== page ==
Years ago, I would have been terrified at the thought of anyone seeing me, let alone a room of hundreds of people. I refused to leave my house out the front door and would only walk my dog in the backyard, in fear of being noticed and judged. On April 3 I had my hair and makeup done and received a number of beautiful compliments on both. I also designed my wedding dress and heard so many lovely things about how it matched my style and “looked like a fairy tale.”
When I heard these compliments I felt funny, as if I had difficulty understanding. In my recovery process, my brain would have translated these compliments as false, as if the people felt they had to tell me I looked nice. I had such a difficult relationship with my body, that hearing about it from others felt even more alien. Now I believe I have a positive relationship with this body, this shell that houses my soul, and while I don’t feel great about myself all the time—after all, I’m human—I had difficulty understanding the fuzzy feeling that kept showing itself when I received a compliment.
After processing the wedding, it finally hit me. Of course I wanted to look nice on my wedding day. It was not the center-focus for me by any means, but I still made the calls for hair and makeup and had many appointments adjusting my dress. But with that being said, when people commented on my appearance, I had a funny reaction, namely because I had difficulty understanding that I had a physical appearance that they could see. This meaning, my emotions, were at the forefront of everything on my wedding day. Joy, fear, hope, anxiety, love—and many more. I was mindful and present and taking everything in slowly. And so when people told me that they “loved my hair” I think the feeling that surfaced, beyond gratitude for the kind words, was confusion. While I was of course in my body, I was connected only to my mind and emotional experience. It didn’t matter when the photographer told me that my tears were smearing my makeup in the photos; this was part of the experience and what people saw on the outside mattered so much less to me than the inner-workings of my mind and soul.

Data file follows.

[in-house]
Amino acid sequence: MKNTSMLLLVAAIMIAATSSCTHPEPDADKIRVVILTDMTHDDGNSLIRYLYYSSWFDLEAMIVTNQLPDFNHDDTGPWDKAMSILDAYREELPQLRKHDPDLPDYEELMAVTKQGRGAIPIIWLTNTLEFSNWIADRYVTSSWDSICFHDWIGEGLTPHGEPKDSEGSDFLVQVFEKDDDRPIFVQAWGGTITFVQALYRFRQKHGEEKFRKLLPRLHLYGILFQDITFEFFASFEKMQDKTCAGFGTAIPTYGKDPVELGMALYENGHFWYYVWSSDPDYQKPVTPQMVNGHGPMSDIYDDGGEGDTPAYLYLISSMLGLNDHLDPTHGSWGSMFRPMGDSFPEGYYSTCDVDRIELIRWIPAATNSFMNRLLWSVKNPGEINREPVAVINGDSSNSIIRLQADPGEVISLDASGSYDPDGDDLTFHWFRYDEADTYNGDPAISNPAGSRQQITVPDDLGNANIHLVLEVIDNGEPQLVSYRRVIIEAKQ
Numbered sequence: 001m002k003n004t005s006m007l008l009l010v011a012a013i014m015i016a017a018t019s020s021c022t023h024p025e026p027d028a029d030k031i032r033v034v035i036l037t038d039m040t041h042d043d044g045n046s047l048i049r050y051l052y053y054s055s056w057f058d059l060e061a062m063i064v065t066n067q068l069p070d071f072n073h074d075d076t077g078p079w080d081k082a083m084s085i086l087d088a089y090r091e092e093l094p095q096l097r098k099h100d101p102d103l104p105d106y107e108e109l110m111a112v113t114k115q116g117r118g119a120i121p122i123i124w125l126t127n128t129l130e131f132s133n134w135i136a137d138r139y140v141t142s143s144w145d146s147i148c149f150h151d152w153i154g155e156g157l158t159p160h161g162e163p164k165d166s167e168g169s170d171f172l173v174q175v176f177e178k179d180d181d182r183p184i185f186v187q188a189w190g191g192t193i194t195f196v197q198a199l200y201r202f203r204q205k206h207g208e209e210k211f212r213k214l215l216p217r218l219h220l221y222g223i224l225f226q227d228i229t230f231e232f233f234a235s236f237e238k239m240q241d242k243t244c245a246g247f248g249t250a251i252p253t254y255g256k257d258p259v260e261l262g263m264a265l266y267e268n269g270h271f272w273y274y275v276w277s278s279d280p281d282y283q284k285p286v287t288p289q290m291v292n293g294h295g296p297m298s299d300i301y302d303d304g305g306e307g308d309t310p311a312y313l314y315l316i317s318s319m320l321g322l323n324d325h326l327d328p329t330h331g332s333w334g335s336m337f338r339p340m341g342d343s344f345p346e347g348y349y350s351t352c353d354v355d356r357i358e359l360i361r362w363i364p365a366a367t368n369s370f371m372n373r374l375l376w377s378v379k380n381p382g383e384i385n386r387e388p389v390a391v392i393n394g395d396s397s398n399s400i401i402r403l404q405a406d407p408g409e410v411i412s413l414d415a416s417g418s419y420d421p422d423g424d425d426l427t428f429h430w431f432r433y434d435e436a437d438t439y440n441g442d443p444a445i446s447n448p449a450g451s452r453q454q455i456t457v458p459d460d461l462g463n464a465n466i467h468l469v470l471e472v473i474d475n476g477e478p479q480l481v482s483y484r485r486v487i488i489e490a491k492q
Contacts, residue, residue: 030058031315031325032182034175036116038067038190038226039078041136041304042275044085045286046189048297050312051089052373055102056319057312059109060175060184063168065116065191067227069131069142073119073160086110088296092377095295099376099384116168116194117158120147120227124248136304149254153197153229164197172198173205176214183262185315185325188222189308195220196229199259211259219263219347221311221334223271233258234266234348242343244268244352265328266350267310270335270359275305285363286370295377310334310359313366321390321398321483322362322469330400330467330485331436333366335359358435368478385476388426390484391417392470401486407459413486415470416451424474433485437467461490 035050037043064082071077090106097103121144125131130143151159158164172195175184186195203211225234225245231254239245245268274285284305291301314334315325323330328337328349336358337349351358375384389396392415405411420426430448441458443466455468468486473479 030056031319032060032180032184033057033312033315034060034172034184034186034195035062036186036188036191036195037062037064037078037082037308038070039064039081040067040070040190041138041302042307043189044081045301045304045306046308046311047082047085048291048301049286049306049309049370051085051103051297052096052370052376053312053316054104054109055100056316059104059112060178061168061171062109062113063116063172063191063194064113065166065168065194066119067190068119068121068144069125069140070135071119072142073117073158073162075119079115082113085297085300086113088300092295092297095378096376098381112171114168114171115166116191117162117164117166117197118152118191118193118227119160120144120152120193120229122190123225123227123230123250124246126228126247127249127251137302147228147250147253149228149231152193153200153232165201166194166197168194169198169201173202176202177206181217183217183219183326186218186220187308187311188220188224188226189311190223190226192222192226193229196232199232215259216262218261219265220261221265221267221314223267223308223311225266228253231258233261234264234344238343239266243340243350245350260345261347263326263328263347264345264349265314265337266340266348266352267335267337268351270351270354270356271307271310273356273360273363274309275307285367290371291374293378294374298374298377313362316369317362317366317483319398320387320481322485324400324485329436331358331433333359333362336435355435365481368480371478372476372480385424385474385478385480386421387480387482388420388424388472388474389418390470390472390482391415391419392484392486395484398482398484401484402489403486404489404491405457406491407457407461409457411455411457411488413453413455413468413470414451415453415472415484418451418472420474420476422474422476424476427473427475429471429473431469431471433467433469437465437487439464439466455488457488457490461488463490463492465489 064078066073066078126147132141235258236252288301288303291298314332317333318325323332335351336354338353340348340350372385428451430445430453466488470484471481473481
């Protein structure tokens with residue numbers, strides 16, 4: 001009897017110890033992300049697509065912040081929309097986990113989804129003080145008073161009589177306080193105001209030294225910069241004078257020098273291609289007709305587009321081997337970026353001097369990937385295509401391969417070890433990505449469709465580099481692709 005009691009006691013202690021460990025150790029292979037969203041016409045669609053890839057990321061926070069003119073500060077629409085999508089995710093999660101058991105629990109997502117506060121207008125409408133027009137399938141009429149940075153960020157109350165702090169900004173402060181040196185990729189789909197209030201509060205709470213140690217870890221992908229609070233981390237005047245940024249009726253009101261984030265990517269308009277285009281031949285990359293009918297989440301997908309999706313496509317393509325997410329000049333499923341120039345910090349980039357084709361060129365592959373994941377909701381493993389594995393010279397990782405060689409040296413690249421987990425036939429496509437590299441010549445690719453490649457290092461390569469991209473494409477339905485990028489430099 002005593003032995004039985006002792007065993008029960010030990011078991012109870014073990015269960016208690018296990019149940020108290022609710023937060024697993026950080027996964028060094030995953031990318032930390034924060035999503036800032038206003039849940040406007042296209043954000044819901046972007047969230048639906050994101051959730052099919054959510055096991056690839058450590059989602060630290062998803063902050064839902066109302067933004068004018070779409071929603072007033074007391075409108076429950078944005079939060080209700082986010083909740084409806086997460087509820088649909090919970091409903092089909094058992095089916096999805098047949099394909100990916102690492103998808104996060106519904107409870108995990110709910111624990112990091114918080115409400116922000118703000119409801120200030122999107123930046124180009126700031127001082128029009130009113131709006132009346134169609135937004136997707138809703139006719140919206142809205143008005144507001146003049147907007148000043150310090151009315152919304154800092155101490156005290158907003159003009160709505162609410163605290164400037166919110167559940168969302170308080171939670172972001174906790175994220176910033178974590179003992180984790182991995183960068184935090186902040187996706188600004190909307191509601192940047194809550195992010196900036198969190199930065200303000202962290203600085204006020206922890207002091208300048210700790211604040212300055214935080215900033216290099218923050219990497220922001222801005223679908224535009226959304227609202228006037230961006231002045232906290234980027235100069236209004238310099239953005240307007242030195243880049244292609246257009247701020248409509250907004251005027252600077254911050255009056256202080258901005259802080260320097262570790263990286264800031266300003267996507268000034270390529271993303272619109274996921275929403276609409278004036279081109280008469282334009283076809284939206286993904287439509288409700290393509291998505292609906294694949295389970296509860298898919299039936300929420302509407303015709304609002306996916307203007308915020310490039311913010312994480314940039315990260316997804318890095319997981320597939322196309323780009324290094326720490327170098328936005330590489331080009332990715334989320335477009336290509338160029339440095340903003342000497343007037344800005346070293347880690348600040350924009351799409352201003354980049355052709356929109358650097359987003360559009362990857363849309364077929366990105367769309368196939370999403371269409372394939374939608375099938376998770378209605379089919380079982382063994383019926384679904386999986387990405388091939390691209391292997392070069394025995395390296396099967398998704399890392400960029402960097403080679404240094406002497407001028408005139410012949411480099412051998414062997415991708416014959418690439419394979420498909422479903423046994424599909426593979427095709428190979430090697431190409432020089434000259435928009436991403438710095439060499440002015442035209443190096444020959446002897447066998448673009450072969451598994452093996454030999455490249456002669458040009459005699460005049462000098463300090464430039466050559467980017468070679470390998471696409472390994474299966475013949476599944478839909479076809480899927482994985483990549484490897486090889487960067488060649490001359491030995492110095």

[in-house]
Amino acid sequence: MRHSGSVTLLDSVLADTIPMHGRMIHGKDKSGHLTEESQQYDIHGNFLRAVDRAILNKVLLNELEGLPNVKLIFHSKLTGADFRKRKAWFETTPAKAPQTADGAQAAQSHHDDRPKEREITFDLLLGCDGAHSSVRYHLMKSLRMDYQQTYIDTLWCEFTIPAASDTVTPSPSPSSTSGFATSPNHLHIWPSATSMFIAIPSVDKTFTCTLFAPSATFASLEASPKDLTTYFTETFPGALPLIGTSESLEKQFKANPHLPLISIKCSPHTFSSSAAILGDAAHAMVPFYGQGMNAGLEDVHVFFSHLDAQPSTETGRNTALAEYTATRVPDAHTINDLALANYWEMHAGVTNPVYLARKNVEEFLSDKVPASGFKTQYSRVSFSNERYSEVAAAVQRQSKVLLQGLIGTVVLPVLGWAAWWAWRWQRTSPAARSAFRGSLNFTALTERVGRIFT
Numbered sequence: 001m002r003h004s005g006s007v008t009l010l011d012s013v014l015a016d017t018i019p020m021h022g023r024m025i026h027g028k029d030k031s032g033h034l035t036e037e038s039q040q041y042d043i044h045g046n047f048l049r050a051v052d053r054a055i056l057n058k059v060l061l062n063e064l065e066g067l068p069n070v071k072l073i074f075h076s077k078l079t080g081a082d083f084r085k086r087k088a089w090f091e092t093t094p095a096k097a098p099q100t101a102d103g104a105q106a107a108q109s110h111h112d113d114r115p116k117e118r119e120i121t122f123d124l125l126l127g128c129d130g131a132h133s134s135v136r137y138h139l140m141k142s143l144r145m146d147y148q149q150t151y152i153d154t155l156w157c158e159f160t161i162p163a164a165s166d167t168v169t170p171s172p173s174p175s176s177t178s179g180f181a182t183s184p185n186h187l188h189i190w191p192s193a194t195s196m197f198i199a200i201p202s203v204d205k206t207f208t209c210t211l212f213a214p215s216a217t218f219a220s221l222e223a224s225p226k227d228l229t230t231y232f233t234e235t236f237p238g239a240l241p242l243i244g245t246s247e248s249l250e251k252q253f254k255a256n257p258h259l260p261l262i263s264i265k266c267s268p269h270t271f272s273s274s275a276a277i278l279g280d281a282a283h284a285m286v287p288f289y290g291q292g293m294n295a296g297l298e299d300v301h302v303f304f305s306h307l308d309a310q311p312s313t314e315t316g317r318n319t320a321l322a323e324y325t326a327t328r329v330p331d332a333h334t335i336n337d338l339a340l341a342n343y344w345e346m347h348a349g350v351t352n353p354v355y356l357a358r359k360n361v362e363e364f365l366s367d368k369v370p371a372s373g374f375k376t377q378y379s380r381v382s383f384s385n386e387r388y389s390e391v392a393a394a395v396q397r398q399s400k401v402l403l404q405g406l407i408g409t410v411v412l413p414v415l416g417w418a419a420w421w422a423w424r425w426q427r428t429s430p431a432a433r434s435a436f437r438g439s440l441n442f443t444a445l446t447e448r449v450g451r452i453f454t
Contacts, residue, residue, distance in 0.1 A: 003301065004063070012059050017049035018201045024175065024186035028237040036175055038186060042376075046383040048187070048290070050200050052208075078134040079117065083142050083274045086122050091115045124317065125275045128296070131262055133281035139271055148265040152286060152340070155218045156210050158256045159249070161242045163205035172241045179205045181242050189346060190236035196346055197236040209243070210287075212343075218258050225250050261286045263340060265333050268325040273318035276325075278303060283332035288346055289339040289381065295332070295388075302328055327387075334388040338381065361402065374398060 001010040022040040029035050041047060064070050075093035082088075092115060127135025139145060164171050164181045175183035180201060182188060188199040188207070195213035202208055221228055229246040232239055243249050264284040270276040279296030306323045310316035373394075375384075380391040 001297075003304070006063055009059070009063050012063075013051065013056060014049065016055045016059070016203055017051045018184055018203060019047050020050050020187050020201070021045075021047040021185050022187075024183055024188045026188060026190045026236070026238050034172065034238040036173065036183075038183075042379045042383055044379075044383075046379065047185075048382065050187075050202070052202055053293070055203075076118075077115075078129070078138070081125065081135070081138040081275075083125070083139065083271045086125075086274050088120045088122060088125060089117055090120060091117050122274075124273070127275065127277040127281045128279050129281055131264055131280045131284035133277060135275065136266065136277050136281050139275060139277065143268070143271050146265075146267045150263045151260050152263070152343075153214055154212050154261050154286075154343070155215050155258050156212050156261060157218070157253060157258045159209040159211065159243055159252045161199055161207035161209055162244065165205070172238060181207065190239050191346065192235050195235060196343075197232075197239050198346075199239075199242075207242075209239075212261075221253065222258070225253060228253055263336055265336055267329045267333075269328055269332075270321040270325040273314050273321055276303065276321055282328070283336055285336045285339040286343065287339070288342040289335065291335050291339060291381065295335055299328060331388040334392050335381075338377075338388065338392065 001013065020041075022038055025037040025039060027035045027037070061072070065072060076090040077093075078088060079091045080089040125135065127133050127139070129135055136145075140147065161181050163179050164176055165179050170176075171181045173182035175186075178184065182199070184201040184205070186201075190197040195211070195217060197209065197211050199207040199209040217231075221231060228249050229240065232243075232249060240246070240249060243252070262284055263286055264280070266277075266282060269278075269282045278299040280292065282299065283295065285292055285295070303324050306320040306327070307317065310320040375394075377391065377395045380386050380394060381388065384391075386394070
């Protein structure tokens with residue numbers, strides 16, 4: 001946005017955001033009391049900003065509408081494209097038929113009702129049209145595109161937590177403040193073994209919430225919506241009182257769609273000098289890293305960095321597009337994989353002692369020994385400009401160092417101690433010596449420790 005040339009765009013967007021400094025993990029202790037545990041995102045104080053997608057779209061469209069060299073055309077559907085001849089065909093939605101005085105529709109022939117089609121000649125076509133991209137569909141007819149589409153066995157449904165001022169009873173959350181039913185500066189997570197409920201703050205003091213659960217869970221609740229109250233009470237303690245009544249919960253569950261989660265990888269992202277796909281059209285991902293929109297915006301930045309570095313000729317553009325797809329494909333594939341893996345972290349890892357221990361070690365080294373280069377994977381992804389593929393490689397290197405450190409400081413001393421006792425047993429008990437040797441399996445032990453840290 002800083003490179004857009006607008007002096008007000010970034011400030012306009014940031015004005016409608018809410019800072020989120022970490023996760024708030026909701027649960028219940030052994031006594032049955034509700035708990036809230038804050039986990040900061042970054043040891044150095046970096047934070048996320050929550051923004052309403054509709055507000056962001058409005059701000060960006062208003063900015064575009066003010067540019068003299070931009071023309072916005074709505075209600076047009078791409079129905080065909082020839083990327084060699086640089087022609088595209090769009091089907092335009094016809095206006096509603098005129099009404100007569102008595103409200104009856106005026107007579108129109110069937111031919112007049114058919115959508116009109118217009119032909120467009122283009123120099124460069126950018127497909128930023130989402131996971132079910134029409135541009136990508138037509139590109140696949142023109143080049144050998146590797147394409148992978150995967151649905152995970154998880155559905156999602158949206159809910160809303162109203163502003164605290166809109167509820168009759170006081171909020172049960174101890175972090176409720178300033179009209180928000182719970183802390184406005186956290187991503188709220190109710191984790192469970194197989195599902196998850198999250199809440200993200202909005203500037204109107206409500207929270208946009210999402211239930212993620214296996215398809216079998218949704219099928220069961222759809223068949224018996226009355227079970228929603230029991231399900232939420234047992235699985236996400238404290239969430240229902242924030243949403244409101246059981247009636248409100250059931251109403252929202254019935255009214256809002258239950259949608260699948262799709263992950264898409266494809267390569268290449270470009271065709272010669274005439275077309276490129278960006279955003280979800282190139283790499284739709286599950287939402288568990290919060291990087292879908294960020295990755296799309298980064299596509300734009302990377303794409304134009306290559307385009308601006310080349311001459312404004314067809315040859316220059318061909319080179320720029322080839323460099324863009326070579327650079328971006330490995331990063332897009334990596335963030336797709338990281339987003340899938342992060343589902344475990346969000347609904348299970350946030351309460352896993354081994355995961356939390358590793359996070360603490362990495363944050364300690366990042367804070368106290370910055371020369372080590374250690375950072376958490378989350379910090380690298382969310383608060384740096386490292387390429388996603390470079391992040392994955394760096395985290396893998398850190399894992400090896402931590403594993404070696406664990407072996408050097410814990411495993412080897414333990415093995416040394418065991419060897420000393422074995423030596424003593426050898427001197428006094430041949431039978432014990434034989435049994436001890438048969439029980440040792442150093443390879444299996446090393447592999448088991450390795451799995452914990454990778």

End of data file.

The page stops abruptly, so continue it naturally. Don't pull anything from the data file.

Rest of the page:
I have no doubt that I am fully recovered from anorexia, but my wedding day—this big day—was a beautiful proof that my life is no longer lived according to my weight or shape. It is no longer a life of running from my emotions and using behaviors to communicate. Instead it is a life containing a full spectrum of emotion. Containing challenges and risks and tears and smiles and everything in between.
When I think about my wedding day I don’t think of the snafus or my makeup or the way my dress looked. I think about my loved ones—those who were there and those who could not be there—I think about the feelings I had at each stage, and I think about starting a life with my fantastic and exceptional husband.
By Temimah Zucker, LMSW
Temimah Zucker is a therapist at Monte Nido Manhattan, a day treatment program specializing in the treatment of eating disorders. Temimah is also a public speaker and meal mentor in the field of eating disorders.